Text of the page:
What The Tech? Cyber crime on the black market - WRCBtv.com | Chattanooga News, Weather & Sports

What The Tech? Cyber crime on the black market

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The place hackers go to buy stolen information is slashing prices.

Dell Secureworks which keeps tabs on the cybercrime black market, reports that stolen credit card numbers, counterfeit passports and fake driver licenses are dropping in price due to a flood of goods being sold.

“You can buy a credit card with a PIN, and it may be good for a day or two,” said Morey Haber, the Vice­President of Technology for BeyondTrust, a leader in cyber­security.

“You pay by credit card, then you have access to various e­mail accounts, airline skymiles, etc.”

Dell SecureWorks found credit cards with PINs for as little as $7. Stolen driver licenses for $173 and full stolen identities called “Fullz” for as little as $15.

Haber said the people shopping on the black market would shock you. “It could be your next door neighbor or someone in the islands.”

Business is so competitive now on the black market, hackers are having to advertise their services by highlighting customer service. Dell’s security team found one hacker claiming to potential clients that they are “honest, trustworthy and professional.”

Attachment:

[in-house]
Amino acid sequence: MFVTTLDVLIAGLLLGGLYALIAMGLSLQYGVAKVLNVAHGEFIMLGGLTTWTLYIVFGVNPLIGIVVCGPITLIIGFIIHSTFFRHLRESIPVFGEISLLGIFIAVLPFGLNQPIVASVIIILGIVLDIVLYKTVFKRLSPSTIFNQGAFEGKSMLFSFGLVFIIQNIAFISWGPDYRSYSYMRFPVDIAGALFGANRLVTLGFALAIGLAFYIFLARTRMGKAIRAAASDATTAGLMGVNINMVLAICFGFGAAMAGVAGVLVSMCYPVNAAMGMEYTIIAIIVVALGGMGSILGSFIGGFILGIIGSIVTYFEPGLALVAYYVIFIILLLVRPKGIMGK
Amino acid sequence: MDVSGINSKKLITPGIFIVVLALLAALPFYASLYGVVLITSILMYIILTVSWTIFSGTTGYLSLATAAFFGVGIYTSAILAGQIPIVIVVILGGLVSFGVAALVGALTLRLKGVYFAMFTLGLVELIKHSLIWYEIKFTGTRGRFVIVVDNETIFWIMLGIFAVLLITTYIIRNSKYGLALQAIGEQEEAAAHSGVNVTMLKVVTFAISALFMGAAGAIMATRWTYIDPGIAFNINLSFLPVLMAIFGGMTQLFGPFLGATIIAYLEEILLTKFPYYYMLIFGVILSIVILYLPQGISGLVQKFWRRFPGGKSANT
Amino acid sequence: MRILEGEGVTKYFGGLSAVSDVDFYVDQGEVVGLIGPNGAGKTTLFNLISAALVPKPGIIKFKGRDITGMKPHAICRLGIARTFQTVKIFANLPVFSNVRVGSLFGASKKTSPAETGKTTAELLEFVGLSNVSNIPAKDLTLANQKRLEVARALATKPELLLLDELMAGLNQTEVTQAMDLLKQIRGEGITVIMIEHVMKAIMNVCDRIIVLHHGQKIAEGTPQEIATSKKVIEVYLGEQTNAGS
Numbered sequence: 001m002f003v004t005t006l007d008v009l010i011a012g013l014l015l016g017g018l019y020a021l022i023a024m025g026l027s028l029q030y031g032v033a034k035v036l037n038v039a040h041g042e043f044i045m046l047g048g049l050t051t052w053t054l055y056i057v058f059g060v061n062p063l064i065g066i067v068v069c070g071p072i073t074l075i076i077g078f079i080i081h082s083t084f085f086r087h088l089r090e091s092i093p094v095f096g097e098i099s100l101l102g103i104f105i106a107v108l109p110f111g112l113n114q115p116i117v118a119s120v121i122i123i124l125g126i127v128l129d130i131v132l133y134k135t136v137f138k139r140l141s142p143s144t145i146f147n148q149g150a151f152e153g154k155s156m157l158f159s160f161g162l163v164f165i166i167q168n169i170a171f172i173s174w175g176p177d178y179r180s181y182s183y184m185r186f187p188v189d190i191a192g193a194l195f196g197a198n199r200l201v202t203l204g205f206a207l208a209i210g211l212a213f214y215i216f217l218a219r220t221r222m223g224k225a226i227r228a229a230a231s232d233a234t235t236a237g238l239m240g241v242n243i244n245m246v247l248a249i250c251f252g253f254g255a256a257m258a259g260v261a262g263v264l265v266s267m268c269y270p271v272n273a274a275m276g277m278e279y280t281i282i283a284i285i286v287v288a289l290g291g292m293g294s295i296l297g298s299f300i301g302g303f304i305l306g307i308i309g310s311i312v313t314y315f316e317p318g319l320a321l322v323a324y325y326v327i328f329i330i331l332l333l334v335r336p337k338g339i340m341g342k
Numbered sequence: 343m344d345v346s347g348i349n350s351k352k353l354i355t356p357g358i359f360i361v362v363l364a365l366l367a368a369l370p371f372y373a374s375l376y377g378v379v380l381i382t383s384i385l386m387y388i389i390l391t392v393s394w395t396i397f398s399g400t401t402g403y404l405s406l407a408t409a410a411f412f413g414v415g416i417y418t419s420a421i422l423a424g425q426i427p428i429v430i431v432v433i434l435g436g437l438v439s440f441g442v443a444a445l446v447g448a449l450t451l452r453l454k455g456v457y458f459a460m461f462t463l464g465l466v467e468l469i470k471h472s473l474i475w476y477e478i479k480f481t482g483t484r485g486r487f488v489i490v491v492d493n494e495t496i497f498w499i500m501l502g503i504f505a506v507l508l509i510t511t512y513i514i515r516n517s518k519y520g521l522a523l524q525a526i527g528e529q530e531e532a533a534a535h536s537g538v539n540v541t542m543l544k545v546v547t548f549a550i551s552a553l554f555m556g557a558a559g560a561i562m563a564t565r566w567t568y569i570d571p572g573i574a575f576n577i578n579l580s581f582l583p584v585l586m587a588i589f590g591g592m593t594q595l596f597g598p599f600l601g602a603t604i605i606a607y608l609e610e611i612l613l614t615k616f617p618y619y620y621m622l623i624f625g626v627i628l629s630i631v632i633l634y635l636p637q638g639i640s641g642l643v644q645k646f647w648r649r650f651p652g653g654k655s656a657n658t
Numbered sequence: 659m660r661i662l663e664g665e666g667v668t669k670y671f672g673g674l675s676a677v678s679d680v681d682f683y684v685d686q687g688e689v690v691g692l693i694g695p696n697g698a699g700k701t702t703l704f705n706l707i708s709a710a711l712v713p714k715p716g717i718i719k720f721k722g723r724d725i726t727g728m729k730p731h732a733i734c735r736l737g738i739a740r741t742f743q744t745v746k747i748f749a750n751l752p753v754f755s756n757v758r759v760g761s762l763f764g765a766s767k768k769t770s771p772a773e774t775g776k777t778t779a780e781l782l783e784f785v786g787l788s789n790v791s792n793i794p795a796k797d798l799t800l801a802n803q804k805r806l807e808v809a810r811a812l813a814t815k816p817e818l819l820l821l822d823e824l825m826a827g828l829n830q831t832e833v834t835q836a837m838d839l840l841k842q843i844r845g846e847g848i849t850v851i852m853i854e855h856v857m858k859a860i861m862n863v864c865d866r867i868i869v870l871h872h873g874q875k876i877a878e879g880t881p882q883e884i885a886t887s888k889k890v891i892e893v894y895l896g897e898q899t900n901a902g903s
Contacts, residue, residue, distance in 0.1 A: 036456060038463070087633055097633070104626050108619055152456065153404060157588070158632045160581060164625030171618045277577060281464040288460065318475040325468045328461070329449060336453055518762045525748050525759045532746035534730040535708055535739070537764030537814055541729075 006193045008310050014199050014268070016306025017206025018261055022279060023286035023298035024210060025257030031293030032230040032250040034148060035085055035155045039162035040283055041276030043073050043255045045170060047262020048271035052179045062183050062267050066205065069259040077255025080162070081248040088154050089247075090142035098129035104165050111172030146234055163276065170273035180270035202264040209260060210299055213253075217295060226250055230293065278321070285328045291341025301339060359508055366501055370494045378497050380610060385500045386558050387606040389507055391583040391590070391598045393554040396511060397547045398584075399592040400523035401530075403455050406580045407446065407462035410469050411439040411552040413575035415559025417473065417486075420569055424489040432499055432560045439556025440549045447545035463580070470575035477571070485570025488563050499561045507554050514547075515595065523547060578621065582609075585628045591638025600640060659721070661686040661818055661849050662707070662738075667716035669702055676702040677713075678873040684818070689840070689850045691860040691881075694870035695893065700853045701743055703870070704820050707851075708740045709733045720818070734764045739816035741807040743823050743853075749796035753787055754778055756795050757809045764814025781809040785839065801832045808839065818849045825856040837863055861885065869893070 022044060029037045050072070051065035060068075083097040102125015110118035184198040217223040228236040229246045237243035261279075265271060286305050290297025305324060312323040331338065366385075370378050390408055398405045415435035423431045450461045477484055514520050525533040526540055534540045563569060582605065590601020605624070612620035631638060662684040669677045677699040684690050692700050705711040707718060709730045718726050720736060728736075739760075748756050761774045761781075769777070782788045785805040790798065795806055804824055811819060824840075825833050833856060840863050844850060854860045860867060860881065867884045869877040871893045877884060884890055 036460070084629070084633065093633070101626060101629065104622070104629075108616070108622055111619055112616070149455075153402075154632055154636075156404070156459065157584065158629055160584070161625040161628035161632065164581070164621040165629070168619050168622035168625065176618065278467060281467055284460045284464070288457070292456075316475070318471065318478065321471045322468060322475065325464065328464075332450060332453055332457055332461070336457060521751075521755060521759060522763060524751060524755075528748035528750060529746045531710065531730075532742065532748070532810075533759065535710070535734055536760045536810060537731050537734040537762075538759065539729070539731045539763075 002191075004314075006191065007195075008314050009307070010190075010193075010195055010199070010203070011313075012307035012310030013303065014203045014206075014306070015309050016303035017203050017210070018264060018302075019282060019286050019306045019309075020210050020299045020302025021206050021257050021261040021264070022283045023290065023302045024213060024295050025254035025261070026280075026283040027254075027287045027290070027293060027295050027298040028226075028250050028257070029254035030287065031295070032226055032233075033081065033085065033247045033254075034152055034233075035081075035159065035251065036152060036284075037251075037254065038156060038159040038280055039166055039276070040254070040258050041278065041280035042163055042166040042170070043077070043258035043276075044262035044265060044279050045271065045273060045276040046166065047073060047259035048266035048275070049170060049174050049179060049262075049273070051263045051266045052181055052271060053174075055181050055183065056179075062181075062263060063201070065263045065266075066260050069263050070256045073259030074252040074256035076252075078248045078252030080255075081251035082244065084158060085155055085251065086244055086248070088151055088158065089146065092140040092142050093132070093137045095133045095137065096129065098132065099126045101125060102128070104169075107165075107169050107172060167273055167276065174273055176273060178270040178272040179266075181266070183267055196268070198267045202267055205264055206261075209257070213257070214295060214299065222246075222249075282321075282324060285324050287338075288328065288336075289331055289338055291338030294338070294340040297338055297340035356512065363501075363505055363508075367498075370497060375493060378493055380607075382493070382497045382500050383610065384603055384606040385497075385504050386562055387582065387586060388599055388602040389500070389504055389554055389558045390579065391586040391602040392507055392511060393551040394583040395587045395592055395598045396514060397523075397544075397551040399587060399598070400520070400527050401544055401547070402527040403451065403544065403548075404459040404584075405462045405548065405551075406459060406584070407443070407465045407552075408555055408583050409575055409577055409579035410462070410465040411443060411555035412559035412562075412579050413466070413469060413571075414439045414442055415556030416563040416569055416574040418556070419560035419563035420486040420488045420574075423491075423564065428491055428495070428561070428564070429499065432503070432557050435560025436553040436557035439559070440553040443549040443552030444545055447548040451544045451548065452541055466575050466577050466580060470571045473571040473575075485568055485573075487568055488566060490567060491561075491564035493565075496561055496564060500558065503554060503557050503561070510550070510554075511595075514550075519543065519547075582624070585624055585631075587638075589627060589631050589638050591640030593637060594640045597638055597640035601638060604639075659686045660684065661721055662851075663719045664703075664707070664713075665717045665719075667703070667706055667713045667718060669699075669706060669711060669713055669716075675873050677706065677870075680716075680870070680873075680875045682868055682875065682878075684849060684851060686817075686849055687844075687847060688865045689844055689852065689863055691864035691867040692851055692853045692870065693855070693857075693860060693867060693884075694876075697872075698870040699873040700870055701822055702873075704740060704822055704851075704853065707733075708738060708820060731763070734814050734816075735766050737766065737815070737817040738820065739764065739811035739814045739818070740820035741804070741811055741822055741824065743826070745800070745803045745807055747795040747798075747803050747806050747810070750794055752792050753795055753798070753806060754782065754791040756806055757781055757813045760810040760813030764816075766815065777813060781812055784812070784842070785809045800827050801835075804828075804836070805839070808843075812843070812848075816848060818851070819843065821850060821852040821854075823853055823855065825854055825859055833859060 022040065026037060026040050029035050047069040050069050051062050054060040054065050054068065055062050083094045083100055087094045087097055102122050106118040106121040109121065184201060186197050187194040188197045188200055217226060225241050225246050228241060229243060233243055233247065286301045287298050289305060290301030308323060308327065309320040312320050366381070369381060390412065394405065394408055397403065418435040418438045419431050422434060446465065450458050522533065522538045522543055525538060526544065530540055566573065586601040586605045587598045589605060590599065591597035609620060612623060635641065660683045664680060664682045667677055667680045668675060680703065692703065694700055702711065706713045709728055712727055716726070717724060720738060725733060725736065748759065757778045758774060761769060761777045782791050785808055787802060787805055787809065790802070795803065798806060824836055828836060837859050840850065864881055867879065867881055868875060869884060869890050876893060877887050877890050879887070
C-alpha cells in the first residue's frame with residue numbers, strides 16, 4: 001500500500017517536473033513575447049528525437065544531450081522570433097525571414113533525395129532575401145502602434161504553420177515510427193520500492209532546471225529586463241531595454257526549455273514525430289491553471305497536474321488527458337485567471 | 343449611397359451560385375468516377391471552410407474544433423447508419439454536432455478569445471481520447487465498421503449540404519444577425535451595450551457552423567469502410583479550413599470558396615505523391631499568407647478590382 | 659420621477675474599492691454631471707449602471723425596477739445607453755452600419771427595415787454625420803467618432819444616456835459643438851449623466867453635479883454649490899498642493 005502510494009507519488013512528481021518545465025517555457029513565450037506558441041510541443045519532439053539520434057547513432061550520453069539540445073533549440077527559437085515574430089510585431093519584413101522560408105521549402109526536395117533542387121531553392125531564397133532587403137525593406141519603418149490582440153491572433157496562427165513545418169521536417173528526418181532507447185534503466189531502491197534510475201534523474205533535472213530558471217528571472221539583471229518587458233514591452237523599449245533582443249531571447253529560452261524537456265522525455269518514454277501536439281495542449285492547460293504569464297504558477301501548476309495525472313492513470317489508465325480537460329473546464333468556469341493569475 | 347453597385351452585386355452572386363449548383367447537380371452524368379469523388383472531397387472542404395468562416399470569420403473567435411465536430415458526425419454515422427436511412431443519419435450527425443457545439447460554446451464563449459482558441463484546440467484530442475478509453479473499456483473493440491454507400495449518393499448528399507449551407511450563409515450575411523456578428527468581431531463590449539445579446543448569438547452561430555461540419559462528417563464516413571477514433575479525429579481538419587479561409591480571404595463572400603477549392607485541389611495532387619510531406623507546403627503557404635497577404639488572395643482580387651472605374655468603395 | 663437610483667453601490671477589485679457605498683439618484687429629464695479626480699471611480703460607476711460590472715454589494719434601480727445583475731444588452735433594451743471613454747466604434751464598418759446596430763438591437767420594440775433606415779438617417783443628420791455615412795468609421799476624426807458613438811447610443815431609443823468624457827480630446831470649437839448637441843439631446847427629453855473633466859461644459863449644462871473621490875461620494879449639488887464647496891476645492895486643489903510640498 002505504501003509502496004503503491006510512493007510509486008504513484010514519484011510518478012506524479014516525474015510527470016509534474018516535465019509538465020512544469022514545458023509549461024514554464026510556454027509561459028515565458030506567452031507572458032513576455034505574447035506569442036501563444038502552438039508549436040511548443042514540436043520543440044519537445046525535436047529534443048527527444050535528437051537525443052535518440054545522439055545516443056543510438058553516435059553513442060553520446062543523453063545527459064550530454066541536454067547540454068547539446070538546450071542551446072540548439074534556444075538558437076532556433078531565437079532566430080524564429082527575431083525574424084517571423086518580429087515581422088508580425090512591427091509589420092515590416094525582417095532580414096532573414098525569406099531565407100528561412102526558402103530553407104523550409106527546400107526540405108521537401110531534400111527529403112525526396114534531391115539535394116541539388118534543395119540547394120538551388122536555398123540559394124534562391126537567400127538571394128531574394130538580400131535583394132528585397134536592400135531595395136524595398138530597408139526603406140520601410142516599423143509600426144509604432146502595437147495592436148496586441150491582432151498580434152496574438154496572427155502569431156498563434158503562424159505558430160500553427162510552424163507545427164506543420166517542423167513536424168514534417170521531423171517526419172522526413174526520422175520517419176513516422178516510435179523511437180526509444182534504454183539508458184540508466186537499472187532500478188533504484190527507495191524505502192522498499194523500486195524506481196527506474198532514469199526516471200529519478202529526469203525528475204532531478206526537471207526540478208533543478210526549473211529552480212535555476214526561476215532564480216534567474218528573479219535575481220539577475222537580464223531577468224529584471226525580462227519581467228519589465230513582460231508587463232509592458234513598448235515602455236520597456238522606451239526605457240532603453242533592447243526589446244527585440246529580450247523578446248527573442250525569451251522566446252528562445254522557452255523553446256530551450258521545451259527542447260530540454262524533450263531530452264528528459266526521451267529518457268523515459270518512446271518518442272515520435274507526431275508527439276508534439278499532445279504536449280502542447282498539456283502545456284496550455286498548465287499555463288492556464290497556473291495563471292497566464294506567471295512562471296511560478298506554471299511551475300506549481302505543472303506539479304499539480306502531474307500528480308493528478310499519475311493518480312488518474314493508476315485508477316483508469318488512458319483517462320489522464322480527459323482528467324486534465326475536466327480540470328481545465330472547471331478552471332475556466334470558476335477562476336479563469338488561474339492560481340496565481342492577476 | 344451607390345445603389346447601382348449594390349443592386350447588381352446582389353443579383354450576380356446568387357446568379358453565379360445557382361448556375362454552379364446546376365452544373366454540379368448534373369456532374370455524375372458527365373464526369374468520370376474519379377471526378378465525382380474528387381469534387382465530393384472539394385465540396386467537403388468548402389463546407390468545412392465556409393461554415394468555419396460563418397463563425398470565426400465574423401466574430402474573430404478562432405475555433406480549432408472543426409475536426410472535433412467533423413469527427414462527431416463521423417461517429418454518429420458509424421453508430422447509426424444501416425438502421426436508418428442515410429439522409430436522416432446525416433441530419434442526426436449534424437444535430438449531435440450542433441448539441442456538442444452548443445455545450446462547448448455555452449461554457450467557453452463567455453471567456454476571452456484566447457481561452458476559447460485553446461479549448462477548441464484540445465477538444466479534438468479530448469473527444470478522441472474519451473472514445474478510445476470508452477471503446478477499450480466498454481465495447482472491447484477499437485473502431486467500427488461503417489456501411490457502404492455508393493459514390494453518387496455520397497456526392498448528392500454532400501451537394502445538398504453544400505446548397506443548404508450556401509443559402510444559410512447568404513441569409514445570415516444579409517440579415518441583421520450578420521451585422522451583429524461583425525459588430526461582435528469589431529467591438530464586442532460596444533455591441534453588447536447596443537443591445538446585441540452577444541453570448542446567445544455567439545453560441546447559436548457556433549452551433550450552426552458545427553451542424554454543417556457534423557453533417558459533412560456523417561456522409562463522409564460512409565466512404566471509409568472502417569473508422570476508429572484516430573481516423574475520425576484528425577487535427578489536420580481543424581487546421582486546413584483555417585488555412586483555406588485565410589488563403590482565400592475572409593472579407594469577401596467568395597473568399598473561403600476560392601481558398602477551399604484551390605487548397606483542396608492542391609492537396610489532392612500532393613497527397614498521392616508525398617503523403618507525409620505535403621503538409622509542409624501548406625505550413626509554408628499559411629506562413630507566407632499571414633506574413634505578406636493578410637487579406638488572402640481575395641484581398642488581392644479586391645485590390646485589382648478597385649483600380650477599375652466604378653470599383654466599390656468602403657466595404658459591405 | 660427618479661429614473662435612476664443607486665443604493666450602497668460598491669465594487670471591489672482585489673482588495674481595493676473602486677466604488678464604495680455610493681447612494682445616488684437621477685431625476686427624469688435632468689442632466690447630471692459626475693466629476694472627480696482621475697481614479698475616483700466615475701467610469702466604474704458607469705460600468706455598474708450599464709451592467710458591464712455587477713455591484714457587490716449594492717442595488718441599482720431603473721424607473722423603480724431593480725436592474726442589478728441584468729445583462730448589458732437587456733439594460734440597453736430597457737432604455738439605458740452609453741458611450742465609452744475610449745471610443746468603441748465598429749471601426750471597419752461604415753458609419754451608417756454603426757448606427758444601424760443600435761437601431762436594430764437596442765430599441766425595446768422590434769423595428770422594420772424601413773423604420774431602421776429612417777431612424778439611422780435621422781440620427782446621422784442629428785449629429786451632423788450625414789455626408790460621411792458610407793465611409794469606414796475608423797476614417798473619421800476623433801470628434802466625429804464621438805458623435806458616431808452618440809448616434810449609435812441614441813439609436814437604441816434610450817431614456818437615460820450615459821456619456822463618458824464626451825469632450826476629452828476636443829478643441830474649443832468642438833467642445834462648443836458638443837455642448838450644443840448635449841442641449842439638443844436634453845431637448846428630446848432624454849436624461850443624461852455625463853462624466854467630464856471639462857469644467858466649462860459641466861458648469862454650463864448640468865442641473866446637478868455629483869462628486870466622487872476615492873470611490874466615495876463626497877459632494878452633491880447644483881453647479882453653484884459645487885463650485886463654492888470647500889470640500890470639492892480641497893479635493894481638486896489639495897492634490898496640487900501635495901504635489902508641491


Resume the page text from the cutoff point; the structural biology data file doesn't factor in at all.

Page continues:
The information on the cyber­crime underground black market is often taken from unsuspecting consumers who’ve been careless with passwords, account numbers and e­mail addresses.

Haber warns everyone that “They should be aware that their information is probably out there. There’s probably very few people that haven’t had some information leaked at some point or another.”

Haber suggests consumers change their passwords to all accounts frequently, to never use the same password for multiple accounts and to check bank and credit card statements often.

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